In 2006, Lupita made a rare appearance in an American series with a role in “Ugly Betty”, based on the Colombian show “Yo soy Betty la fea”. The following year, the actress portrayed the villainous Ágata Mercenario in the cult classic “Pecados Ajenos”, which was broadcast on Telemundo and attract millions of viewers.

2010 saw Lupita play Justa Valdez in the Venevisión and Univisión co-production “Eva Luna”, followed by a starring role in the Telemundo telenovela “Rosa Diamante”. Over the next few years, her career inevitably slowed down, as the gaps between each project became wider. Despite rumors of Lupita retiring from screens, the actress had roles in “Voltea pa’ que te enamores” and “La Fan” in 2006-’07, before disappearing seemingly overnight.

After taking a five-year hiatus to care for her ailing mother, Lupita returned to drama shows in May 2023 to much fanfare, with a role in “Dramáticas”, a highly-anticipated Hispanomedios and Venevisión co-production. Fans were surprised but pleased to hear the news, as Lupita hadn’t participated in a Venevisión show since the 1990s.

With such an illustrious career and dozens of acting credits, it’s little surprise that Governor Manuel Rosales rewarded Lupita with a first-class order of Lago de Maracaibo in July 2023. Lupita received the accolade thanks to her showbusiness trajectory, and for being one of the most famous Venezuelan actresses in the world. During the ceremony, Manuel said: “Thank you for representing us in Venezuela and around the world, Lupita. We greet you with appreciation and Zulian pride. Long live Zulia.” [Translated from Spanish]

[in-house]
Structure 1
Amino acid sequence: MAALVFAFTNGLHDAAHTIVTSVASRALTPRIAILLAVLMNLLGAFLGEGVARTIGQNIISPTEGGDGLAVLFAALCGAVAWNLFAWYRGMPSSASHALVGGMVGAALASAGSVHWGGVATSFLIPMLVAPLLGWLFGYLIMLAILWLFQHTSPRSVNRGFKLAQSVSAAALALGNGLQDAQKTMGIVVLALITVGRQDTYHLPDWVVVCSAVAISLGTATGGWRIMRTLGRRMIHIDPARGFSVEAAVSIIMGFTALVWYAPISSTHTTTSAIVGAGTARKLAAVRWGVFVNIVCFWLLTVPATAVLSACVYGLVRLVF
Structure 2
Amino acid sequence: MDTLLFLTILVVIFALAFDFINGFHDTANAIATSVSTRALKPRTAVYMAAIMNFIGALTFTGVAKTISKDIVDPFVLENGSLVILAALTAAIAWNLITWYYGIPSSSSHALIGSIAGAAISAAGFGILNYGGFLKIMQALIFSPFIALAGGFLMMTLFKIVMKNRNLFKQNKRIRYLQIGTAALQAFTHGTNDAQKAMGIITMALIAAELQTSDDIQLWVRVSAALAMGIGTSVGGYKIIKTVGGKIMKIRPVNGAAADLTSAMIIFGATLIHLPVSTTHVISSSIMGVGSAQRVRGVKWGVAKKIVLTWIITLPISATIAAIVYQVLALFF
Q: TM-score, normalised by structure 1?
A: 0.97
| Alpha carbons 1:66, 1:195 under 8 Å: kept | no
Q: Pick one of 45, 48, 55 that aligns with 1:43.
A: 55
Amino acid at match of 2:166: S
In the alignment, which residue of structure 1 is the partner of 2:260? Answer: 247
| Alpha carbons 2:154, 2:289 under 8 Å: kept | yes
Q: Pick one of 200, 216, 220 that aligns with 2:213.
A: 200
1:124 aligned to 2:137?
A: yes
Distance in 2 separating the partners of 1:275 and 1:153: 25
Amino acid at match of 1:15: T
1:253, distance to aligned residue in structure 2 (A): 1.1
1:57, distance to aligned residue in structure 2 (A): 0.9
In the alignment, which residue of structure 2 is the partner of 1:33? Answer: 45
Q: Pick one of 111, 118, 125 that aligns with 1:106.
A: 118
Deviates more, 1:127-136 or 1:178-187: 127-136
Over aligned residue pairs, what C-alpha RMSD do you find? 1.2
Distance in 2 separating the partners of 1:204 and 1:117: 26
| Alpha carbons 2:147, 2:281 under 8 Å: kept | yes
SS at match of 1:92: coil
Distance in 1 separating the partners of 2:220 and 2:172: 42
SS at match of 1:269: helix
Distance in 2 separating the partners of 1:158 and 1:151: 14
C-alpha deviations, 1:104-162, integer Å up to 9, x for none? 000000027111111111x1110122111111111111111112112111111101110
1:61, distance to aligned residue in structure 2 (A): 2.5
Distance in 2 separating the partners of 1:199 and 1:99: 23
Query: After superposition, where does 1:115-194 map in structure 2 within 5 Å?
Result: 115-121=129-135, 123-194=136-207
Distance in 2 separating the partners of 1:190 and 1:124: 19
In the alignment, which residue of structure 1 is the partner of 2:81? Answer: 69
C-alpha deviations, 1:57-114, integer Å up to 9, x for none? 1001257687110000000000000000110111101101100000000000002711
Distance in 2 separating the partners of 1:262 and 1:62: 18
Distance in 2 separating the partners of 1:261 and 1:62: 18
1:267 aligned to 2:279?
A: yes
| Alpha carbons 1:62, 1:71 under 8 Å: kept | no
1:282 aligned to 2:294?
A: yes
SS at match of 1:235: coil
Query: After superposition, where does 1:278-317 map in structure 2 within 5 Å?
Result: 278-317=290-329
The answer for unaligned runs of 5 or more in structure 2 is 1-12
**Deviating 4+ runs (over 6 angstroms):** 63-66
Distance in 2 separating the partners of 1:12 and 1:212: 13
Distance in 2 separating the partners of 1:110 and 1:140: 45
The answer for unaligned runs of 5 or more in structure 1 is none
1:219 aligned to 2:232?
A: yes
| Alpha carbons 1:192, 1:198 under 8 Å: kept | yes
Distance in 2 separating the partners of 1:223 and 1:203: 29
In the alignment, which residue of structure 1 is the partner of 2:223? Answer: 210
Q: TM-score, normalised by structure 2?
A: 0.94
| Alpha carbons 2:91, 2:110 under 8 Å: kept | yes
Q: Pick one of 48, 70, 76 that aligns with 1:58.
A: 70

Just two days after the awards ceremony, Lupita was honored once again, when she received a star on the Paseo Baralt de Maracaibo, which is the Venezuelan equivalent of a Hollywood Walk of Fame Star.

Personal Life

During her early adulthood, Lupita was briefly married to Alfredo Carrillo, a Venezuelan engineer whom she divorced after two years. While studying in New York City’s Actor’s Studio, she became engaged to the American director Hall Bartlett, with whom she worked on the 1978 movie “The Children of Sánchez”, alongside stars Katy Jurado, Dolores del Río and Anthony Quinn.

Lupita and Hall married in 1978, but divorced four years later. The same year, the film producer and director retired at the age of sixty. He passed away in 1993 while being transported from his Los Angeles home to the hospital; at the time, he was suffering complications from a recent hip operation and was in the process of writing his second novel, “Face to Face”. There are those who believe that Lupita and Hall’s marriage was one of convenience, due to the 25-year age gap and Hall’s influence in Hollywood.

The actress, who currently lives in Miami, went on “Confesiones de novela” in 2010 for a soul-baring interview in which she confessed to having several abortions, so that her pregnancies wouldn’t interfere with her career. Despite sounding regretful, Lupita denied ever wanting to be a mother.